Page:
Baseline (n = 14) 12 weeks TNT (n = 14) Significance
Mean weight ± SD, Kg 57.6 ± 5.28 57 ± 4.86 P = 0.7a
Mean Body Mass Index ± SD, Kg/m2 22.9 ± 2.27 22.6 ± 2.24 P = 0.8a
Waist Circumference ± SD, cm 82.2 ± 5.86 80.5 ± 4.93 P = 0.4a
Systolic blood pressure (mmHg) 120 ± 9.6 116.4 ± 7.4 P = 0.2a
Diastolic blood pressure (mm Hg) 81.4 ± 9.5 71.4 ± 5.3 P = 0.002a *
Sexual activity (%) 38 82 P < 0.05b

Values expressed as mean ± SD; P: Difference between Baseline and 12 weeks after TNT;

*indicate statistical difference between Baseline and after 12 weeks TNT; Legend for statistical tests:


bChi Square test.

Effects of treatment on serum hormone concentrations

The average serum of fasting insulin, C-reactive protein, Thyroid Stimuli Hormone (TSH) and Follicle Stimuli Hormone (FSH) concentrations decreased from baseline to week 12 after the treatment with TNT are presented in table 2.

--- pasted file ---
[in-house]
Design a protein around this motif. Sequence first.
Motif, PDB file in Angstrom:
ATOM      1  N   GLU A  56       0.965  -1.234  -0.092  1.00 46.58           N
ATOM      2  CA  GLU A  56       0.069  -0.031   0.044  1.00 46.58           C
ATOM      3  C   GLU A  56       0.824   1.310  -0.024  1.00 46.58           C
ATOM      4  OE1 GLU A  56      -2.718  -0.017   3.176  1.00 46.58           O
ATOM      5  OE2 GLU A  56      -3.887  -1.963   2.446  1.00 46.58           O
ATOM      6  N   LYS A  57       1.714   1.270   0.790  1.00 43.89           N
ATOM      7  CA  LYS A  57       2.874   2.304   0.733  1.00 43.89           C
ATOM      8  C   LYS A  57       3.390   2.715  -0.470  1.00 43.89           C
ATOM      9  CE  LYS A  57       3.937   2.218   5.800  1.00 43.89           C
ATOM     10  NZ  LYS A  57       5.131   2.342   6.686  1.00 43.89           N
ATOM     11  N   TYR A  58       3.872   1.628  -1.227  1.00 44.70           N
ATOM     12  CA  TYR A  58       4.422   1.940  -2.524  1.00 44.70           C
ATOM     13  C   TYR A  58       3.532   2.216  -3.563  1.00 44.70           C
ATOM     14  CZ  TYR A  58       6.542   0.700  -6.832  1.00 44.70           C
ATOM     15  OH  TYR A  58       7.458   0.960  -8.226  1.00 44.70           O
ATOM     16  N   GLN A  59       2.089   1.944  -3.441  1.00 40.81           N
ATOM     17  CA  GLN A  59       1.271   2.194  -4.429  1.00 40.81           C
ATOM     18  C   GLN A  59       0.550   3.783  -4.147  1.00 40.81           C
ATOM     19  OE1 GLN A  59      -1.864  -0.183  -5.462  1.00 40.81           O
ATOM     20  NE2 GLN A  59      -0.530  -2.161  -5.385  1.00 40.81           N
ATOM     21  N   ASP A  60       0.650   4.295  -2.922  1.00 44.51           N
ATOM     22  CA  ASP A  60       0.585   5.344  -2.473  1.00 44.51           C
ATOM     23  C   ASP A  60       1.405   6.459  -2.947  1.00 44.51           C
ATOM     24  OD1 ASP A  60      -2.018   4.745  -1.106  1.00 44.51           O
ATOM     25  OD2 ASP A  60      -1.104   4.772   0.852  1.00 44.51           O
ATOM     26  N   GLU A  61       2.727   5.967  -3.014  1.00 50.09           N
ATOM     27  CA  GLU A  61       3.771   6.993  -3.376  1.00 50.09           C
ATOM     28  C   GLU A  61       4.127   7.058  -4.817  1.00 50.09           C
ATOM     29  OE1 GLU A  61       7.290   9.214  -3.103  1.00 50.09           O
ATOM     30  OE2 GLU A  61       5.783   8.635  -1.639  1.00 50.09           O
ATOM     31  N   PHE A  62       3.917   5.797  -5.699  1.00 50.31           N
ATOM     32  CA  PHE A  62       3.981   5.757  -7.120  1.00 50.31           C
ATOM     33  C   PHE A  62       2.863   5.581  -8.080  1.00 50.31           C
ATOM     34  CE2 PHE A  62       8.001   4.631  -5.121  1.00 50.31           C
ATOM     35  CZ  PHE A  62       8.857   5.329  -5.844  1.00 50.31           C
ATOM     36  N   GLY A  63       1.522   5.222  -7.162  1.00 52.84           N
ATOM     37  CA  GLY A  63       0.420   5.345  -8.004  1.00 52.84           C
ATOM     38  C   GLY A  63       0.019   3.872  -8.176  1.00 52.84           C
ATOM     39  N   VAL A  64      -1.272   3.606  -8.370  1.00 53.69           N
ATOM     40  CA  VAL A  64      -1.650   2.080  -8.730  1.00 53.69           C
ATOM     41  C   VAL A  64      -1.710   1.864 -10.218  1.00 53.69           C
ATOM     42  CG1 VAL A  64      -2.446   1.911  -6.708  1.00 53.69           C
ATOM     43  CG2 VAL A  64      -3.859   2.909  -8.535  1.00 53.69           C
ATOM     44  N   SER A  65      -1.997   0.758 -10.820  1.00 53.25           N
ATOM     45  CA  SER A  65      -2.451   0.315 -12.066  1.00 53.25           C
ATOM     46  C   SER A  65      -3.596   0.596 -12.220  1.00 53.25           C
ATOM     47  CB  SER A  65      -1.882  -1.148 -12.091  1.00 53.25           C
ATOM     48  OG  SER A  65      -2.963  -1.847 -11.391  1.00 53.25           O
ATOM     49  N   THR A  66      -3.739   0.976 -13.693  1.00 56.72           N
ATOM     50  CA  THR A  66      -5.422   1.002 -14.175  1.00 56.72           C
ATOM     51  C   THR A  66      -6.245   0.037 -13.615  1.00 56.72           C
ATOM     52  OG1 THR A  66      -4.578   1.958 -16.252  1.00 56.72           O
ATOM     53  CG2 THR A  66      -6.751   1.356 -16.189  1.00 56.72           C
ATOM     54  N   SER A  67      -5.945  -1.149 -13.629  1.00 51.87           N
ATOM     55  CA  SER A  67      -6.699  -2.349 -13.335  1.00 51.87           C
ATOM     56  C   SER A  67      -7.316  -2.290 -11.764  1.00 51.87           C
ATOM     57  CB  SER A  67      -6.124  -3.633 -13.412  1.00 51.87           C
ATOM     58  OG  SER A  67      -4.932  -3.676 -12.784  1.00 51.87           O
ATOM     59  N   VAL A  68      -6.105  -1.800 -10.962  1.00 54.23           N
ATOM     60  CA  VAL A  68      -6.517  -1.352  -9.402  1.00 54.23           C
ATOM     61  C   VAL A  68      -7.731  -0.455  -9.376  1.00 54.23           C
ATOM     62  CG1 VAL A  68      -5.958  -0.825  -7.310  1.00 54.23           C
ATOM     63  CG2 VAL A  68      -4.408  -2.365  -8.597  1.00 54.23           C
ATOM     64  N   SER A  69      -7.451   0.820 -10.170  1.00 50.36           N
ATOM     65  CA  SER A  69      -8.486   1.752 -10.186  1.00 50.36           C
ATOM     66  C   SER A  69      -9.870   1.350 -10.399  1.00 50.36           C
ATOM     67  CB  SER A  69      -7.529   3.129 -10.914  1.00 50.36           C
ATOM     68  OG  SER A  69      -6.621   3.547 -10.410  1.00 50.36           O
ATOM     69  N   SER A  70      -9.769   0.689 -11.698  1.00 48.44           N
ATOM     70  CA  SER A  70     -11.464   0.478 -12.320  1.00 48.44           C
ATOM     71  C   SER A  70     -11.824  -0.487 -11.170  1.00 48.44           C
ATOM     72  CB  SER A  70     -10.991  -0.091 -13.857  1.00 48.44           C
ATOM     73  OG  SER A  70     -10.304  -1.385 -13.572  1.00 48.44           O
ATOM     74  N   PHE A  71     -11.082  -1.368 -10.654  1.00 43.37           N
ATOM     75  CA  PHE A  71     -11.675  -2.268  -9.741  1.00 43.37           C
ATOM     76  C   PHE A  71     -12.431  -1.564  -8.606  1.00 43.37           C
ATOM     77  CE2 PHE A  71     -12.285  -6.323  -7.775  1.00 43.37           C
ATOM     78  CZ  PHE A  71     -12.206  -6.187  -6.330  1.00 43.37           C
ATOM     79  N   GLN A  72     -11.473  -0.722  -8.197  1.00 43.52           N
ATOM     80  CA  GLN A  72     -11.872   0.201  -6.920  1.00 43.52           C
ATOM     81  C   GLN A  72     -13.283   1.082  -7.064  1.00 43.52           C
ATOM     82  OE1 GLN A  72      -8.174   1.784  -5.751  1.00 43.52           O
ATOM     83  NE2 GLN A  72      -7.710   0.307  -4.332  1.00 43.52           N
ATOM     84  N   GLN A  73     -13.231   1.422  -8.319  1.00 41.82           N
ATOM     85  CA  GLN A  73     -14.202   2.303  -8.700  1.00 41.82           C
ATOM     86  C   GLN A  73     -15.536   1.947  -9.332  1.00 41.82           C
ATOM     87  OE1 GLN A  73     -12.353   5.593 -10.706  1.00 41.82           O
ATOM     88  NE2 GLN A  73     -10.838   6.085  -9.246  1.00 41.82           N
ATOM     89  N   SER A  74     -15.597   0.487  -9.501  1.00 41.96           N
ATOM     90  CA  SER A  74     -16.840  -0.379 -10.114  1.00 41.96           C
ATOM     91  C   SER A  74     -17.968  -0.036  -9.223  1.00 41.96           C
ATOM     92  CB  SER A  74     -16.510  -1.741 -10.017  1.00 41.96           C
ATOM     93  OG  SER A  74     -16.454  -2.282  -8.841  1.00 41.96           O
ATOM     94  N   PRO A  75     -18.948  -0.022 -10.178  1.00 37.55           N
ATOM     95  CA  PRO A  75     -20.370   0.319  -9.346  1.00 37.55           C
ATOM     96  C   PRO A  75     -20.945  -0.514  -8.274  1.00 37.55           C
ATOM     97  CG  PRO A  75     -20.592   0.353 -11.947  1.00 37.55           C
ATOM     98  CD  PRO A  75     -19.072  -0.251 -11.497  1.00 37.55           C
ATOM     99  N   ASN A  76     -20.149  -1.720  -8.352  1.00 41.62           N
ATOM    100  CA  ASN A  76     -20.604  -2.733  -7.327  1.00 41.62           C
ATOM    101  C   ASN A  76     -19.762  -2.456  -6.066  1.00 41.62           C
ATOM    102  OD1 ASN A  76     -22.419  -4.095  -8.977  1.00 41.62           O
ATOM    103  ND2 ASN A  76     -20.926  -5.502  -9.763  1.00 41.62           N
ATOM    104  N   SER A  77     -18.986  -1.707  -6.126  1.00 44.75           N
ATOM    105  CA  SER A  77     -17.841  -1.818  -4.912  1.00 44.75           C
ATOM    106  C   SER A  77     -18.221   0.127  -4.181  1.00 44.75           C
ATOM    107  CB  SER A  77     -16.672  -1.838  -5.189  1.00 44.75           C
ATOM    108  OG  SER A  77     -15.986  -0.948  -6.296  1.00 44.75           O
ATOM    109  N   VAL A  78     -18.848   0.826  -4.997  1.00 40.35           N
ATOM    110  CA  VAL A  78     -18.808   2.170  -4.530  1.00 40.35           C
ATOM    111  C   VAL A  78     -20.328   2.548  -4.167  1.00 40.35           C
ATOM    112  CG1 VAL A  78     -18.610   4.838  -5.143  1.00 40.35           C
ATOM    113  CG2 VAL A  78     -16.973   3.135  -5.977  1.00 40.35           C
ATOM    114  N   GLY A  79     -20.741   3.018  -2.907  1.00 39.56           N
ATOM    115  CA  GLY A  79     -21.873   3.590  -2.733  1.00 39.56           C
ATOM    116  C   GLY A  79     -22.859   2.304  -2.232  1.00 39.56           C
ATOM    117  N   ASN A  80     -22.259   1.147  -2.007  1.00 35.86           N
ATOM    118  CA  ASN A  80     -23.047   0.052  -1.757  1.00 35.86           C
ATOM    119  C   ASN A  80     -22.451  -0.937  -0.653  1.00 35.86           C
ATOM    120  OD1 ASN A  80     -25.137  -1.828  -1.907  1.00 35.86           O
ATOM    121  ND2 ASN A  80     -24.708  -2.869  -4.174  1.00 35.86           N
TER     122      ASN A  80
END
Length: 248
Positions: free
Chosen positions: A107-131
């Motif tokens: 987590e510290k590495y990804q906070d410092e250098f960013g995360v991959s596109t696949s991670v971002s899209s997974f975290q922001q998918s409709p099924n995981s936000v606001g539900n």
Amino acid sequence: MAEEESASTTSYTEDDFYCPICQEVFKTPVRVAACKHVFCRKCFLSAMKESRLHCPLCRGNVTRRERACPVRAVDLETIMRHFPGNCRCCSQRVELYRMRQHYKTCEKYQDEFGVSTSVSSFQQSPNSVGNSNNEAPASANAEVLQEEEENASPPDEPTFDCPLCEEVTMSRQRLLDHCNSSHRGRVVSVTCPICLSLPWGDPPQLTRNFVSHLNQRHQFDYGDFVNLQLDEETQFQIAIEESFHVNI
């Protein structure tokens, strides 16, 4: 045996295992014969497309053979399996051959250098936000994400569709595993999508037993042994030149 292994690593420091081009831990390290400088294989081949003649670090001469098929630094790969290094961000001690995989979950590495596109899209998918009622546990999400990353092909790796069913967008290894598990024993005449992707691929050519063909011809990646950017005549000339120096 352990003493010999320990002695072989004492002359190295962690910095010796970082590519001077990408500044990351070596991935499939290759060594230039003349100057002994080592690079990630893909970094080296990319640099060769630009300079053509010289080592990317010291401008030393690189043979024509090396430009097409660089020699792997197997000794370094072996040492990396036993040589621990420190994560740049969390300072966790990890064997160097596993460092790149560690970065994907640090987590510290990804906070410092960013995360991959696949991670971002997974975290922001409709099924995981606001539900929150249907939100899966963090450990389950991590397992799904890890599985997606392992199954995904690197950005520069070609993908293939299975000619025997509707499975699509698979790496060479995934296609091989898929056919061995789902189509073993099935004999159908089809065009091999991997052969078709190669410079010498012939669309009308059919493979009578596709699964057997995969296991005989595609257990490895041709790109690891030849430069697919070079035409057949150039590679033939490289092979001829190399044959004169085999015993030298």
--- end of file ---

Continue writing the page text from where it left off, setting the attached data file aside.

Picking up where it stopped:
Table 2 Serum Hormone Concentrations at Baseline and after 12 weeks of treatment 

Baseline (n = 14) 12-weeks TNT (n = 14) Average paired difference [12-weeks TNT - baseline] (n = 14) Significance
Fasting Insulin (µU/ml) 4.43 ± 2.25 3.11 ± 1.74 p = 0.09a
C-reactive protein (mg/L) 2.38 ± 2.50 1.14 ± 1.99 p = 0.02a *
Estradiol (pg/mL) 26.41 ± 22.78 68.25 ± 76.96 +41.84 ± 16.56 p = 0.02b **
Testosterone (ng/dL) 34.34 ± 40.48 98.1 ± 100.2 +63.78 ± 27.50 p = 0.0210 **
Thyroid-Stimulating Hormone (µIU/mL) 1.69 ± 0.92 1.36 ± 0.81 p = 0.56a
Follicle Stimulating Hormone (µIU/mL) 54.21 ± 38.51 42.75 ± 35.09 p = 0.02a *

Values expressed as mean ± SD;